Who says that you cannot teach an old dog some new tricks?
The methods that author Mike Hagen suggests for storing, systematizing, locating and backing up our photos in a personally standardized fashion are easy to follow. As one who has personally used most of the software that he has covered here, on both the Mac and Windows PC platforms, I can only say that this book is one that can be an invaluable solution for anyone who has ever lost a digital image or three within the depths of their hard drive. This book is a highly recommended 5-star resource for anyone owning a digital camera.
There is tons of available information on camera equipment, software and on how to take photos. There is very little information available with general ideas for organizing, saving and backing up digital photos.
I just finished going through "Thousands of Images, Now What?", by Mike Hagen and I found it to be a very well written resource on this topic. This is the first book I have found that has excellent examples of various ways to manage your photos no matter what specific software you may be using.
Whether you have thousand of images or are just starting out, I can highly recommend this book.
By the way if you use Nikon Capture NX2, Mike Hagen wrote a book called "After the Shoot" which I can also highly recommend.
Mike covers it all. I'm sure other reviewers have already shouted this, but I wish I had this book years ago. The prepatory stage before you get to actual editing has got to be well-planned and executed, and that instruction to me is the biggest strength of this book. I really like his methodology of renaming images FIRST, how he structures image folders, and his excellent (almost paranoid) backup strategy. If you just followed his tutorials on that, 70+% of your image jungle would be solved. I am SO GLAD he pushes to turn off all of the auto junk that Windows throws at you, so YOU can manage it.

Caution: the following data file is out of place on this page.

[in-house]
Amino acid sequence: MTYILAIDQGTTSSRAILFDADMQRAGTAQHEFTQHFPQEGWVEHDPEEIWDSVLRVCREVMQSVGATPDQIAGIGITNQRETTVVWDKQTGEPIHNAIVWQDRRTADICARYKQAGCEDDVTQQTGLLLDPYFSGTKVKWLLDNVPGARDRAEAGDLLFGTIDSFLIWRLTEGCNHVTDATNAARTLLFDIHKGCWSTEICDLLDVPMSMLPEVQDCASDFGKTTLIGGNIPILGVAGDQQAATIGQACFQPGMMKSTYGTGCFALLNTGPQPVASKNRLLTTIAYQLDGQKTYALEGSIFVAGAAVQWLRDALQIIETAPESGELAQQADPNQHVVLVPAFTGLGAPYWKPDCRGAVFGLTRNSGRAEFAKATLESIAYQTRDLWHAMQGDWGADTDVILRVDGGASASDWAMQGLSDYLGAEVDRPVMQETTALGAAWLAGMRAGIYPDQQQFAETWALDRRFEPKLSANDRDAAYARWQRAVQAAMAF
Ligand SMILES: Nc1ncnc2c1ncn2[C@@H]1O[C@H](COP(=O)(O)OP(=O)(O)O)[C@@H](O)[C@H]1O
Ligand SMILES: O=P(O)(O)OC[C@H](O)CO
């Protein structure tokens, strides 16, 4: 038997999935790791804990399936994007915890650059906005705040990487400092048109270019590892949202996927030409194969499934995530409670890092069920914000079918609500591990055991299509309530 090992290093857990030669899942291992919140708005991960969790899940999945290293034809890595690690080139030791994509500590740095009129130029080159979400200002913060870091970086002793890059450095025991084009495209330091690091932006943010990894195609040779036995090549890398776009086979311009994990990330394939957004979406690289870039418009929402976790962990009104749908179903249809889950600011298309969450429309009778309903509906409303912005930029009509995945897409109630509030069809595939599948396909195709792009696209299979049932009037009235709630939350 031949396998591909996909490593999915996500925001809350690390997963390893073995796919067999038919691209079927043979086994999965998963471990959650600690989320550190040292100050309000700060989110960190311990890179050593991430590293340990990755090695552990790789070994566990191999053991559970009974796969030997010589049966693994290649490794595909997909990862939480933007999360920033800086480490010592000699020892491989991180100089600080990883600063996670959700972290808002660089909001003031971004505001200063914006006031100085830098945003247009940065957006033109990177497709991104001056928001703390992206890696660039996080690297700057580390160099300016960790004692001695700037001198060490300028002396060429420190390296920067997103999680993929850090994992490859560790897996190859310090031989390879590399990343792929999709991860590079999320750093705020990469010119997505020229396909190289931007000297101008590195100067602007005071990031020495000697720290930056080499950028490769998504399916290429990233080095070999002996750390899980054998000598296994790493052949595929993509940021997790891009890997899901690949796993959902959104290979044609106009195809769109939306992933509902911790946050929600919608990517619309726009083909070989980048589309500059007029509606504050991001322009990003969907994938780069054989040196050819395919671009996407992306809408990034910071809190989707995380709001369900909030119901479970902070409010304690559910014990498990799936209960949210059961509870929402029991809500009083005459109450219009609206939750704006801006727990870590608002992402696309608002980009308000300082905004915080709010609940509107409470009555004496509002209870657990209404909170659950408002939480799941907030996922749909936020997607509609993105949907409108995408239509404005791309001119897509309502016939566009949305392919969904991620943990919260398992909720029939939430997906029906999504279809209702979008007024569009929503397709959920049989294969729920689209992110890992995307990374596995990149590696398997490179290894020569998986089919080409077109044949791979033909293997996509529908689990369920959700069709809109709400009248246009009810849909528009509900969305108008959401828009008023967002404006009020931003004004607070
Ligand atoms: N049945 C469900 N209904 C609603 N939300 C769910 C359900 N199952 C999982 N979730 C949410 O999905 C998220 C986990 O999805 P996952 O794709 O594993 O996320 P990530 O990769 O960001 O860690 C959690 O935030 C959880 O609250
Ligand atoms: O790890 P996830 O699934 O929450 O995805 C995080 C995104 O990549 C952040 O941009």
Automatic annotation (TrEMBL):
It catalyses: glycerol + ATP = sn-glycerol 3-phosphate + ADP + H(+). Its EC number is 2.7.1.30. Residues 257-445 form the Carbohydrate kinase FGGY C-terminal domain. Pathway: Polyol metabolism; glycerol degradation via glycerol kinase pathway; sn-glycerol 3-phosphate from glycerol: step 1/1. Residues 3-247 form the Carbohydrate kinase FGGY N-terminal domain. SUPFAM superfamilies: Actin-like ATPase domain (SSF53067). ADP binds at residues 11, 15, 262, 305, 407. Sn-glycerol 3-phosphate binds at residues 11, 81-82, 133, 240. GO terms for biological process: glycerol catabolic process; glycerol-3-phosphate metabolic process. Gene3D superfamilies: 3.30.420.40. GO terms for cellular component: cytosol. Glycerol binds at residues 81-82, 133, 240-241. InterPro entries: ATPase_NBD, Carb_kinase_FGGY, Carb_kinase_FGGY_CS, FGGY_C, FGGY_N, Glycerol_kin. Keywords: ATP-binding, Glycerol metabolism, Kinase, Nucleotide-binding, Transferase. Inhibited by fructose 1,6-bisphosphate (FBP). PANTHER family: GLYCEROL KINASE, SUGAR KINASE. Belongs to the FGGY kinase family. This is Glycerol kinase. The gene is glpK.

The one area missing was how to manage your images using Bridge. He does admit that there are a VAST array of amazing tools in there (and there are), but I get the feeling he doesn't know really how to use it, OR, he wanted to keep this more Lightroom oriented. Lightroom is pushed in this book to almost advertising levels. Anyway, Lightroom and the other software solutions he covers are all about importing your images into some black-box catalog. I much prefer to organize my assets on my drives the way I like and just use Bridge to browse to them. THEN I get all of the excellent tagging and rating and key wording I want, yet the images are simply on my drive, not stuffed into a catalog and then bound to using Lightroom. LR is. Great combo solution, but you get what you get in the database and the editing part, and that's it. Bridge and Photoshop allow you WAY more editing power, so it would have been nice to see a Bridge-based workflow written about. But let me reiterate that the 90% that needs to be performed before getting to the software is very well written about, so Photoshop/Bridge users still need to read this.
If the answer to all of these questions is "Yes!" then buy this book. It will definitely help you.
Thousands of Images, Now What: Painlessly Organize, Save, and Back Up Your Digital Photos is a straightforward, clearly-written book with step-by-step instructions on how to manage the zillions of images you've taken with your digital camera and/scanned from film, slides, or prints. The book is well-organized, has ample illustrations, and a couple of helpful tables.
The central point of the book is that the only way to take control of your photos is to adopt a standard set of habits -- a WORKFLOW -- and follow them religiously. These habits include a particular way of uploading photos to your computer, renaming the files, adding keywords, and loading the photos into your image management software. Author Mike Hagen's not wrong about this; if you really want to be in charge of your photos -- be able to find what you want and keep track of what's what -- you must adopt a workflow.
And it's a PAIN! It requires some tedious work. If you're not truly SERIOUS -- if you're not prepared to do the work -- you probably won't benefit much from this book.
And that's too bad. I think is possible for casual photo buffs to do a better job of managing their images without adopting a rigorous workflow or spending a bunch of money on the semi-pro software products Hagen clearly prefers, such as New - Adobe Photoshop Lightroom v.4.0 - Complete Product - 1 User - ND1999 and Aperture 3. (Hagen does talk about Google Picasa and Apple iPhoto, which are free, but he doesn't give them a lot of consideration.)
Bottom line: If you are strongly motivated to clean up your digital image mess, you have the discipline to adopt and adhere to a strict workflow, and you have at least $100 to spare, this book will be a big help. Otherwise, you may be better off hunting for tips on the web.